“We’ll have to be reasonably quick. I’m going to meet the Queen tomorrow, so I’m on my way to Dublin.”

Not everyone Badger gets on the phone with speaks those words. In fact, no one has ever said that to us before. But then no one else is quite like Eddie Jordan. Once an F1 team owner, Eddie now busies himself with chatting about the sport – almost non-stop – as part of the BBC’s Grand Prix coverage. Outspoken in his views and in possession of a wardrobe that would make Flavio Briatore blush, EJ is nothing if not a character. But is he seriously going to meet the Queen? Yep…

“Can you imagine, me flying over to meet the Queen tomorrow?! For those who may not know, the Queen is in Ireland and it’s the first time in a hundred years that a ruling monarch has visited – it’s a huge occasion. I got the invitation to go meet her and so I’m on my way to Dublin.”

Incredible stuff, really: one days he’s chatting to Badger the next he’s hobnobbing with royalty. Not that there’s much difference….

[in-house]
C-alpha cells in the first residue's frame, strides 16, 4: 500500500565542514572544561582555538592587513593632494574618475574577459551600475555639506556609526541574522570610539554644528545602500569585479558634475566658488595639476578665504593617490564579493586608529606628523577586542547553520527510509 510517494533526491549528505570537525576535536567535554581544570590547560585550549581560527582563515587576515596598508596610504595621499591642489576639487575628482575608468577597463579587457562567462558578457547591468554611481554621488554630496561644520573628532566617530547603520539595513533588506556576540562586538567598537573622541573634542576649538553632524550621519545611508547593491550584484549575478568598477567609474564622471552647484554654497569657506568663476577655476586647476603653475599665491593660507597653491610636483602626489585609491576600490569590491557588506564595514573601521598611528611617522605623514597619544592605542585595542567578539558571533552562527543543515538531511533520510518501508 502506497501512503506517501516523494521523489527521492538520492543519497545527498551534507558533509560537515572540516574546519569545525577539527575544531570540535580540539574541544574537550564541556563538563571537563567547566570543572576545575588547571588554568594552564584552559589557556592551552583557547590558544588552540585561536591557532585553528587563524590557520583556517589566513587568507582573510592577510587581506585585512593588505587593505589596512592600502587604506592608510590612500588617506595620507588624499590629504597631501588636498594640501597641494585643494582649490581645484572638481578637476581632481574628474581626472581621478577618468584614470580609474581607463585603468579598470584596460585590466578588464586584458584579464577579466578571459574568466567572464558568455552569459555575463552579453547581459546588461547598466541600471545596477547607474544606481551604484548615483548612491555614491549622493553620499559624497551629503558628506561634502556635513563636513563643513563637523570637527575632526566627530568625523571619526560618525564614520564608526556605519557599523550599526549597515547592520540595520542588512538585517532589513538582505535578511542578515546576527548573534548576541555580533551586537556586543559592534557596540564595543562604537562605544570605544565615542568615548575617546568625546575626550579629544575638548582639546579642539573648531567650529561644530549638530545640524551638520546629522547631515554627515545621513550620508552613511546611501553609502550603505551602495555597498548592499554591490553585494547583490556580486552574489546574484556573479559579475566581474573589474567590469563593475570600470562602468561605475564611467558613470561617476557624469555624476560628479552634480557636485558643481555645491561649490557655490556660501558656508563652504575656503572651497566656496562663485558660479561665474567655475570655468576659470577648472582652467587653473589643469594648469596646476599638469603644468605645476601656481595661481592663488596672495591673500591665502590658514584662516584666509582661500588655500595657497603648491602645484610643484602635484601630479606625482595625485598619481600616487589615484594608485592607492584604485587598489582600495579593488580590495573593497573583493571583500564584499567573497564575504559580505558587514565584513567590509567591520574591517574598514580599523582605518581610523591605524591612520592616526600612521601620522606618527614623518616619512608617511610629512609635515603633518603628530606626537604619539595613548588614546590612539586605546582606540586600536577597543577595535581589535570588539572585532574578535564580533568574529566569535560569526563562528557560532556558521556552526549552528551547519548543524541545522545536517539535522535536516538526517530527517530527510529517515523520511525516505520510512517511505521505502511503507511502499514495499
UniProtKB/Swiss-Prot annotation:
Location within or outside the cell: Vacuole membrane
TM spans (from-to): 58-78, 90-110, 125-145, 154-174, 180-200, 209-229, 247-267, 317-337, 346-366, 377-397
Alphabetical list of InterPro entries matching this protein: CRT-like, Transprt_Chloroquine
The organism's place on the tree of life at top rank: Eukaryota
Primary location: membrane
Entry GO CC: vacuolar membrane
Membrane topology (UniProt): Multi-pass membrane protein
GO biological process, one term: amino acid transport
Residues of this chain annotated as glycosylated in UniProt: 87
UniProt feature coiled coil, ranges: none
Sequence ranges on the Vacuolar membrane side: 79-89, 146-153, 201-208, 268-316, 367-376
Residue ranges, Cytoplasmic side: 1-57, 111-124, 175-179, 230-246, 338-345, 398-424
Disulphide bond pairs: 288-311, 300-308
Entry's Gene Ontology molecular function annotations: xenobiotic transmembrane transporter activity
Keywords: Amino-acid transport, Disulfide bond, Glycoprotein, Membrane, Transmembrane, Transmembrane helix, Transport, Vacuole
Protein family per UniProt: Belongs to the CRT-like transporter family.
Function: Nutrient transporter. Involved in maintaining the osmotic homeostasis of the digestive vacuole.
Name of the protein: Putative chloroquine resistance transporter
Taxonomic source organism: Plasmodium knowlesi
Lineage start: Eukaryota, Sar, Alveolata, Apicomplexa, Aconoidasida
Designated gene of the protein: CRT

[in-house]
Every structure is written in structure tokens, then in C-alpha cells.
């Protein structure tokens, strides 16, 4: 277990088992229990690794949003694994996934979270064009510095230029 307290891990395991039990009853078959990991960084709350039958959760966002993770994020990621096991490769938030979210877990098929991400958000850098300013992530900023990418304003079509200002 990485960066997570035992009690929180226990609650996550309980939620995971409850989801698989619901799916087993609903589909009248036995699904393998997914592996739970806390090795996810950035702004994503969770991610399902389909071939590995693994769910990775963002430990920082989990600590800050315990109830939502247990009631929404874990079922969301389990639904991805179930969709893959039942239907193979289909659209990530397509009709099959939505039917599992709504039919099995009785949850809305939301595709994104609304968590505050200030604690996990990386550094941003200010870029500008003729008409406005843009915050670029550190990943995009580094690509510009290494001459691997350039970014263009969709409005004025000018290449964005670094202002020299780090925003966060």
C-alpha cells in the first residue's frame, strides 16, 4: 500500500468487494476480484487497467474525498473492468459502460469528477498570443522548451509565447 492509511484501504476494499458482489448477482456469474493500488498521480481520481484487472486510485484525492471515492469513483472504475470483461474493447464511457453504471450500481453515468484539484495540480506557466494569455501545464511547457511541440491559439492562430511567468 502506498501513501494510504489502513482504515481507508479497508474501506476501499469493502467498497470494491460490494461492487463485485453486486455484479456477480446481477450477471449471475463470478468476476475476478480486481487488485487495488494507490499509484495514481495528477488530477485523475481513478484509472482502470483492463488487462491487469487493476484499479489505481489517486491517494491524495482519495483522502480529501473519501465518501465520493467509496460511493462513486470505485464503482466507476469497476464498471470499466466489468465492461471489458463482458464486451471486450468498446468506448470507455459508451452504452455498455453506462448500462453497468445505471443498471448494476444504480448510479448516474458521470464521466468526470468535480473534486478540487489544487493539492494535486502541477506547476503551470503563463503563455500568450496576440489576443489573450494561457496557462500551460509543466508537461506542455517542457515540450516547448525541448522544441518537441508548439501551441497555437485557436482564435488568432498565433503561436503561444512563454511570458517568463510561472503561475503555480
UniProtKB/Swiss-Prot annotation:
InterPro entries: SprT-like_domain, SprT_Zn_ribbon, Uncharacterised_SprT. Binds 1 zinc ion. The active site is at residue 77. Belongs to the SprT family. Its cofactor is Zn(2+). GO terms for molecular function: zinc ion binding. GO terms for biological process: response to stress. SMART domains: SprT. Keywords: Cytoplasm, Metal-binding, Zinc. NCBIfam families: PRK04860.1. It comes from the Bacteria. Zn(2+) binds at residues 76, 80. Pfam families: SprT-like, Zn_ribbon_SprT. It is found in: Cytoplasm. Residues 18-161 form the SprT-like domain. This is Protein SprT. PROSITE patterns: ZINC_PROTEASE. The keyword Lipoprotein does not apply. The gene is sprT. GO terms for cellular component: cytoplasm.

Photo courtesy of PUMA

“It shows how much I think of Puma!” Eddie says in reference to the brand who’ve kindly brought us together today, proving beyond doubt that Badgers and Pumas can live in blissful harmony. “I love the brand,” EJ continues. “It’s not just the fact that they joined Jordan in the early days and happened to go right to the very end. It’s an unbelievable brand and I still feel part of the family. I want to see it be successful.”

On the topic of clothing, we’re pretty sure Puma don’t supply those unique floral shirts or purple jeans Eddie can be seen sporting on a Sunday afternoon. So just where does he get his fashion sense from?

“Actually, my daughter won young fashion designer of the year last year. She runs a label called Irwin & Jordan – nothing to do with Eddie, it’s her business! She won an award from Harrods for the best selling new designer as well, so she’s on her way. She’s living in Hong Kong, working flat out. She has a great eye for different colours and textures and she says ‘dad you couldn’t possibly wear that shirt and you couldn’t possibly mix those colours,’ so yes, she is a big influence on me!”